Friday, August 29, 2014
If you have an argument, you can pretend it isn't just hate
You know what I admire about bigots? And I’m not referring to the merely-prejudiced, mutter-out-of-the-corner- of-their-mouth bigots, but the real wackos, the warped, scary, neo-Nazi, open Klansman, proudly-sign-their-name haters.
You know what’s kinda great about them?
At least they’re candid. No pussyfooting around for them. They state their hate boldly, cast their slurs loudly and only then try to back it up with whatever false theories they believe support their irrational hatreds.
For everyone else, it’s the other way around. They timidly roll out their specious argument first, as if that were the important part, the crucial logic that made up their impartial minds, and led to their subsequent negative opinion, an unfortunate by-product.
“Gosh, I’d love to end the permanent legal limbo and semi-serfdom that millions of Hispanics living in the United States endure, but gosh-darn it, their entry was ILLEGAL, so I find myself forced to insist they all be loaded onto cattle cars and sent back to what will always be their true home.”
And when you try to call them out, and ask, for instance, what other misdemeanors this laudable passion for the law forces them to view as eternally unforgivable — Speeding? Tax evasion? —they just stare at you blankly. Because they are unable to look up at the puppeteer pulling their strings. It’s easy to view hatred as evil, but it’s really a kind of willed ignorance. Since a measure of cowardice is also involved, being bigoted requires you to advocate dumb arguments, in an attempt to hide your loathsome beliefs.
We saw this on full display this week in the 7th Circuit Court of Appeals in Chicago, as attorneys from Wisconsin and Indiana tried to justify their bans on gay marriage.
The facts are simple: Gays make no worse spouses or parents than anyone else. But an argument must be made, and since the "We hate them," and "They wreck straight marriage" tacks have finally been hooted down as too embarrassing, the states claim that 1) it's better for children to be raised by two parents, and those parents generally are straight so 2) gay marriage should be illegal.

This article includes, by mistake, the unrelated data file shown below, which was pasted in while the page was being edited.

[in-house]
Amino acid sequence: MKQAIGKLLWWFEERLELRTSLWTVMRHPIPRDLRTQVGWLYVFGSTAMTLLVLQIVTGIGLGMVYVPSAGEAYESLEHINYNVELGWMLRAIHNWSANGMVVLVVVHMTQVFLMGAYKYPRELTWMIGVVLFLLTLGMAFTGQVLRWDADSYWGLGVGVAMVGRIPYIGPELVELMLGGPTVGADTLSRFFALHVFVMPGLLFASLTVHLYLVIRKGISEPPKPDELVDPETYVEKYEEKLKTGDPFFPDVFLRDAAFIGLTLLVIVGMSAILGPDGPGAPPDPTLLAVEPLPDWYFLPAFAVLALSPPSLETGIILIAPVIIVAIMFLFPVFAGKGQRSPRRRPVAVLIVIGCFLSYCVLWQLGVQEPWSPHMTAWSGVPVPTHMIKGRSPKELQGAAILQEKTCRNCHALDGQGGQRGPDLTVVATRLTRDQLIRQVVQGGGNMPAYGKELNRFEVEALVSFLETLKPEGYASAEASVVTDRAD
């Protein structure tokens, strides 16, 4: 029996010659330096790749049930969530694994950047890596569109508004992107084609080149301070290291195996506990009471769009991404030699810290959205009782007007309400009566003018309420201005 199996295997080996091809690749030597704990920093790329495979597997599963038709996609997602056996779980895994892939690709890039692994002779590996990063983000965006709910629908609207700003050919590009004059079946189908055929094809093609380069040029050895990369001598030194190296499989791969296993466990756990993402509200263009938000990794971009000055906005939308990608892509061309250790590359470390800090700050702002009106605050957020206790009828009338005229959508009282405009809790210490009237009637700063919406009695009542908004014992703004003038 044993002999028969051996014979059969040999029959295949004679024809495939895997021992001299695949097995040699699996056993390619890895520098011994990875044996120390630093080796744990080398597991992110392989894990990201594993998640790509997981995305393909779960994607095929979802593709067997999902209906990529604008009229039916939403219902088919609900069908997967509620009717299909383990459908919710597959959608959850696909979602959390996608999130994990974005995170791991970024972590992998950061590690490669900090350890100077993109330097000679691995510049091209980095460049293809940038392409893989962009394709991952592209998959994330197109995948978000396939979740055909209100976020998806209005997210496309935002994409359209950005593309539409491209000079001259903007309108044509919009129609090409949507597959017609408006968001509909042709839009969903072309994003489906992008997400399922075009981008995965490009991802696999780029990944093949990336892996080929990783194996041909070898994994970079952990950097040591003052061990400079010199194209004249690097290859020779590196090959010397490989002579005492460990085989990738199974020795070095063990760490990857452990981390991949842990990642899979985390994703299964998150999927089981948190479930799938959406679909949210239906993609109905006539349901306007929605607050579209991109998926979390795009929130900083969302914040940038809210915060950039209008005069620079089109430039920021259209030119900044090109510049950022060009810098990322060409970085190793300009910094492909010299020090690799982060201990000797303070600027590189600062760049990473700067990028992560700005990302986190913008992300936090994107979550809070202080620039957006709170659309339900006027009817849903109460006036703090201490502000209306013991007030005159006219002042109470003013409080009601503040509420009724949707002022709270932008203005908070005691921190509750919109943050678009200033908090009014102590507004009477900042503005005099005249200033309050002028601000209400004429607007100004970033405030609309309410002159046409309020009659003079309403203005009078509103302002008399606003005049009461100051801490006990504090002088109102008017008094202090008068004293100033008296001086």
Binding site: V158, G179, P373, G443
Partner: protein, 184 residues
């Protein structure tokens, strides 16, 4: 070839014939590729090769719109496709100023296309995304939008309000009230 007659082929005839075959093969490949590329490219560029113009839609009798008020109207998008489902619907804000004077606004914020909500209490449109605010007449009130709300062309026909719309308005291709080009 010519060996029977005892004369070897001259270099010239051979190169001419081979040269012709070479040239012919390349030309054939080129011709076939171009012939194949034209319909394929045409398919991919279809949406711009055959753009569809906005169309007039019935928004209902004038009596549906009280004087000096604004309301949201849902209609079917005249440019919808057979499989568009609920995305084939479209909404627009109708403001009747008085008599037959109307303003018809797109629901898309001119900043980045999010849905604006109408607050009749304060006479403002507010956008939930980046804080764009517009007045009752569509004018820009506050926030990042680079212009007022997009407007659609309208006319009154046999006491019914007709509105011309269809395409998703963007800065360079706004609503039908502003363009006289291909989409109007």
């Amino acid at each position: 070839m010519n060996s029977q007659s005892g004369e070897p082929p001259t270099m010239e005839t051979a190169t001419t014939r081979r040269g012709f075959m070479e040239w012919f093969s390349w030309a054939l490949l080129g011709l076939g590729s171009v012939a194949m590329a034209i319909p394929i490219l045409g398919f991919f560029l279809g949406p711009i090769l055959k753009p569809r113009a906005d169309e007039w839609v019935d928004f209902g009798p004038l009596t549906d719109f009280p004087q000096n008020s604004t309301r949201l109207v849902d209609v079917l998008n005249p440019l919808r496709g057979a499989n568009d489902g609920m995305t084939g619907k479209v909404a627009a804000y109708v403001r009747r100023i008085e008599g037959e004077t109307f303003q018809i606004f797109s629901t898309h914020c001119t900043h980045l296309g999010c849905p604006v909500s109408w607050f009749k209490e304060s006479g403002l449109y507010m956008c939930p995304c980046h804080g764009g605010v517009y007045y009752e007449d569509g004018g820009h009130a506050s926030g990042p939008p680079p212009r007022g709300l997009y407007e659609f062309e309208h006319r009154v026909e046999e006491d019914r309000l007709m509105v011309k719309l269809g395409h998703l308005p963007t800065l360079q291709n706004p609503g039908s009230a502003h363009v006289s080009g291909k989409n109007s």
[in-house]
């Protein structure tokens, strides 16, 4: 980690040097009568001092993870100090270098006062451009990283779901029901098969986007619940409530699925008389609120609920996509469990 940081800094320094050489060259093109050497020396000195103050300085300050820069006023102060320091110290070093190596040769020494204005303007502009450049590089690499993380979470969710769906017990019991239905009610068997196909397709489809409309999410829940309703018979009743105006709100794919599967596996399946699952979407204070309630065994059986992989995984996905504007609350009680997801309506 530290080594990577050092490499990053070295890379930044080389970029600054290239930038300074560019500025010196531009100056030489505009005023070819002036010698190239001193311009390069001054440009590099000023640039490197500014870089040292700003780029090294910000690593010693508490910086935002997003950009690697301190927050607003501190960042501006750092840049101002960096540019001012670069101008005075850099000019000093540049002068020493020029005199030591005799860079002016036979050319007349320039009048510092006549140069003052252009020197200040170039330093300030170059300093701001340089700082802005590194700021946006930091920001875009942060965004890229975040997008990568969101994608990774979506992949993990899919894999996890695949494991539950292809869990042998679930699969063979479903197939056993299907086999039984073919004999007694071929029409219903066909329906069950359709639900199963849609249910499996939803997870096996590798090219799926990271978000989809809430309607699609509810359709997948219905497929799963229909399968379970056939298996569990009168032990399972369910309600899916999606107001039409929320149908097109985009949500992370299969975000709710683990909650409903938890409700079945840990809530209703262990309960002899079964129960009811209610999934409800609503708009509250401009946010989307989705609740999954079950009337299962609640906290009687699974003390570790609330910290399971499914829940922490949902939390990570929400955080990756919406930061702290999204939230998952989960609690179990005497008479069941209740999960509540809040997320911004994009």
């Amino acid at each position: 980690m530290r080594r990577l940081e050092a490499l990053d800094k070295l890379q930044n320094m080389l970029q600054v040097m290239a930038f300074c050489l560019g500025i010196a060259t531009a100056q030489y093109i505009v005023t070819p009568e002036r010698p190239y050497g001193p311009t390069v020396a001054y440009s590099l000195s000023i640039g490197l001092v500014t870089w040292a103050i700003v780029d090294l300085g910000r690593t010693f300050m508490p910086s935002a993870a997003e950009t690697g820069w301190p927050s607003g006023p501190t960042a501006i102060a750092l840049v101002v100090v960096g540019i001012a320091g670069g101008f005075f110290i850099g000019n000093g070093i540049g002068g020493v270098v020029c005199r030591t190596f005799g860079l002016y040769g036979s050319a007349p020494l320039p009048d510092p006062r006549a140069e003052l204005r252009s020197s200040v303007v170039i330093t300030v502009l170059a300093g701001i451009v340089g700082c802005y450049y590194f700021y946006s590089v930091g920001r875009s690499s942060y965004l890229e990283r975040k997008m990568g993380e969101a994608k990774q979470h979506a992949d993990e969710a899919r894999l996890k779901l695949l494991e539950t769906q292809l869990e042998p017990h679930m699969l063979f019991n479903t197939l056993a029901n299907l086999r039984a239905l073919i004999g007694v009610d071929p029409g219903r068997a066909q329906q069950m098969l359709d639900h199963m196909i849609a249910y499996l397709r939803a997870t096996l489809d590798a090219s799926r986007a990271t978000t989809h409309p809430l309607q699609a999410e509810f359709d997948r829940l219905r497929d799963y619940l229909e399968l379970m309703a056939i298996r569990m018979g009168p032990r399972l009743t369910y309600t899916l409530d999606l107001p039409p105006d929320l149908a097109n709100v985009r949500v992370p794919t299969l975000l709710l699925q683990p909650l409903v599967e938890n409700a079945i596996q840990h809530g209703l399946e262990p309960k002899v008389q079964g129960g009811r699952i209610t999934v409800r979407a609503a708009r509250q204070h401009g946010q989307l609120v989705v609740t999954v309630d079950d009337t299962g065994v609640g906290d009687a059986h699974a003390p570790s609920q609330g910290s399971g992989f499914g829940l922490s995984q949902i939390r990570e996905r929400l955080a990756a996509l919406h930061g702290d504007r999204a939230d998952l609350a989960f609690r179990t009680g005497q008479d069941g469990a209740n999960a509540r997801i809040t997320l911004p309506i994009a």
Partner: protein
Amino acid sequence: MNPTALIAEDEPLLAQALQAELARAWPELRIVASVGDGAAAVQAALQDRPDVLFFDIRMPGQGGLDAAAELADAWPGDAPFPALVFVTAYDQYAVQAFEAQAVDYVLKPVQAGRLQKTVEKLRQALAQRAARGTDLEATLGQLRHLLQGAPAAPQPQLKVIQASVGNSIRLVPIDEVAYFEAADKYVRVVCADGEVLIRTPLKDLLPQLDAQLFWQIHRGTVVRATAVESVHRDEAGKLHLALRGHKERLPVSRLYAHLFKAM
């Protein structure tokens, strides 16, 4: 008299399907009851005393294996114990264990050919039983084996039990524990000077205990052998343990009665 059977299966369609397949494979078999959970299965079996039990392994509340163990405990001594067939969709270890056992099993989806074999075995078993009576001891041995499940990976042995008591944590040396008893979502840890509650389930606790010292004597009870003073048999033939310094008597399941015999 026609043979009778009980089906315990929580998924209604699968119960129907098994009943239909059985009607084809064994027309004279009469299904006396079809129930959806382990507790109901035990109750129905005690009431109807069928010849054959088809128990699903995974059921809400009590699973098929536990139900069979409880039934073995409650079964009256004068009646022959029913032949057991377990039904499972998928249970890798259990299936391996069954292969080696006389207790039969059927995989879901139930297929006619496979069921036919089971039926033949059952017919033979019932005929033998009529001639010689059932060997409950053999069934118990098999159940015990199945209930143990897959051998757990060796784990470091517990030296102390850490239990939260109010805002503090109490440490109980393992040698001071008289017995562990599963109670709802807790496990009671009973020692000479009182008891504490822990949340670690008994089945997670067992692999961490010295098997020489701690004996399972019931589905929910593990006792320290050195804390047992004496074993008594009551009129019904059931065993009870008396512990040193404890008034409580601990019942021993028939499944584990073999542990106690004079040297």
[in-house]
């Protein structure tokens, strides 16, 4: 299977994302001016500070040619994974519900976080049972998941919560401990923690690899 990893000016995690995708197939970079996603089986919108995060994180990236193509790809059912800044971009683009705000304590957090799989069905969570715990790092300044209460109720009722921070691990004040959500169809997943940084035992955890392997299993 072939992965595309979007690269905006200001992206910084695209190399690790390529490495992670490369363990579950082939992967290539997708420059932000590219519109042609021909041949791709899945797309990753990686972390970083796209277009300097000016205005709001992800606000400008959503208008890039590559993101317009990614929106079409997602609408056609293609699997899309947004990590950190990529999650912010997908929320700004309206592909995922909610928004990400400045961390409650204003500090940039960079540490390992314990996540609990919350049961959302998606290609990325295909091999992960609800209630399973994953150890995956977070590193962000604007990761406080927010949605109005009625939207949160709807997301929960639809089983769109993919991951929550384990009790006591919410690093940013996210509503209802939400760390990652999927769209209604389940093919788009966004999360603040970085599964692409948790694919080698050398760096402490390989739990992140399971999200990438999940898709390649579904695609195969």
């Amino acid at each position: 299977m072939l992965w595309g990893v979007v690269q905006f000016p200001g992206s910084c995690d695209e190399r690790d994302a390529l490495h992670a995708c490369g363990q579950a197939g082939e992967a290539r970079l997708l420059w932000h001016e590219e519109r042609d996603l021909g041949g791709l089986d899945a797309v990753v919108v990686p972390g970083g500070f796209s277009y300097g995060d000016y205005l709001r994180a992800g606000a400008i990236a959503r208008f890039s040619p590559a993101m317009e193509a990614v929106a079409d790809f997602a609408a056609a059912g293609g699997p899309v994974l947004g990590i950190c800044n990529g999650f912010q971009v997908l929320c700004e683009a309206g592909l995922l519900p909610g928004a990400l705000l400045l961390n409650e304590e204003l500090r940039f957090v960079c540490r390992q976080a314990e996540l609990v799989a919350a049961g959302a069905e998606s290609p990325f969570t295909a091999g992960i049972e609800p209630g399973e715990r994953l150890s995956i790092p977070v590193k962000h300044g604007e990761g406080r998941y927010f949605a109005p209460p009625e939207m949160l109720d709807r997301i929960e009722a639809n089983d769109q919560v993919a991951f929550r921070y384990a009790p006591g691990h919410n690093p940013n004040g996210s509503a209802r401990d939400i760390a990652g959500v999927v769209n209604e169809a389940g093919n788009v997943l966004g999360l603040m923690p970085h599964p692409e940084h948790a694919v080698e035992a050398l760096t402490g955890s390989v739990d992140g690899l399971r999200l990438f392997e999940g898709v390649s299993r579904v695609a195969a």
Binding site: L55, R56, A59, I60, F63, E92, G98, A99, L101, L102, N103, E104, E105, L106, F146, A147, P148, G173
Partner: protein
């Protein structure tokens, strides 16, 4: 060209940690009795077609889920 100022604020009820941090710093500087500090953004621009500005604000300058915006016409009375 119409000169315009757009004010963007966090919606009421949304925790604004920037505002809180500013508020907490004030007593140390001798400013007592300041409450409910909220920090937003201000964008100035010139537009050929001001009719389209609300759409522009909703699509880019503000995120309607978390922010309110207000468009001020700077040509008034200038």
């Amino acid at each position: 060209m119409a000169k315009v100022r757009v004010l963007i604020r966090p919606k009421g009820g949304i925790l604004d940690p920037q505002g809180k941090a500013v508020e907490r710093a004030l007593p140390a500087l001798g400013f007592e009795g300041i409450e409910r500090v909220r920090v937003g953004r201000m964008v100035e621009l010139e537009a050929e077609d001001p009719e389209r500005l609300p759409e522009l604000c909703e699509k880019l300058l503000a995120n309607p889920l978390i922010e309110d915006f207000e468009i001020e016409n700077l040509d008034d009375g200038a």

The first is true, sort of, though a gross simplification. But aren't gay parents also two people? In a not-so-deft sleight of hand, the focus is put on the number, since the true concern — the sexuality of the couple — is a nonstarter. So the talk was of vague cultural norms, though Judge Richard Posner saw through that smokescreen.
When Wisconsin's assistant attorney general cited "tradition," Posner shot back: "It's based on hate" and the "history of rather savage discrimination against homosexuals."
While die-hard bigots spout invective, those trying to be subtle attempt a kind of magic act. You distract the audience's attention fluttering one hand while the other lays the key card. Zealots say, "Oh no, it isn't about fearing gays at all. It's about respecting my religion, which orders me to oppress gays (even though I ignore lots of other stuff my religion orders me to do and could ignore this too if I didn't hate gays so much)".
They leave off that last part.
Similarly, anti-Semitism, which hardly needs a faux reason to stir, is having a field day with the Israeli crisis in Gaza. Their logic is: Israel does bad stuff, therefore Jews, who support Israel, are fair game. You see that, and almost expect it, say, in a French mob burning a Jewish store. But I noticed it this week in the letters section of The New York Times, from a surprising author.
"The best antidote to anti-Semitism would be for Israel's patrons abroad to press the government of Prime Minister Benjamin Netanyahu for final-state resolution to the Palestinian question," wrote ... no, wait for it. It's too ironic to reveal immediately.
"Israel's patrons abroad." Hmm. He doesn't mean the fundamentalist Christians and far-right pundits who offer knee-jerk approval of whatever Israel does. Can't be them: what's their connection to anti-Semitism? Then who? Oh, right! "Patrons abroad" means Jews, as if many weren't deeply ambivalent about Israel and eager to remedy this situation (and notice how the mystery writer says nothing about the Palestinians, as if they have no say in their destiny at all, which gives you a hint that the passion people feel about this is not entirely fueled by actual Middle Eastern reality).
The author is the Rev. Bruce M. Shipman, the Episcopal chaplain at Yale, which had trouble admitting Jews before Israel existed.
Here's where hate-first bigots and their rationalizing cousins merge: Both groups love to pin blame for their hatred on their victims. Not my fault; if only you were different then I wouldn't be forced to feel this way. It's a dumb argument, but bigotry does that.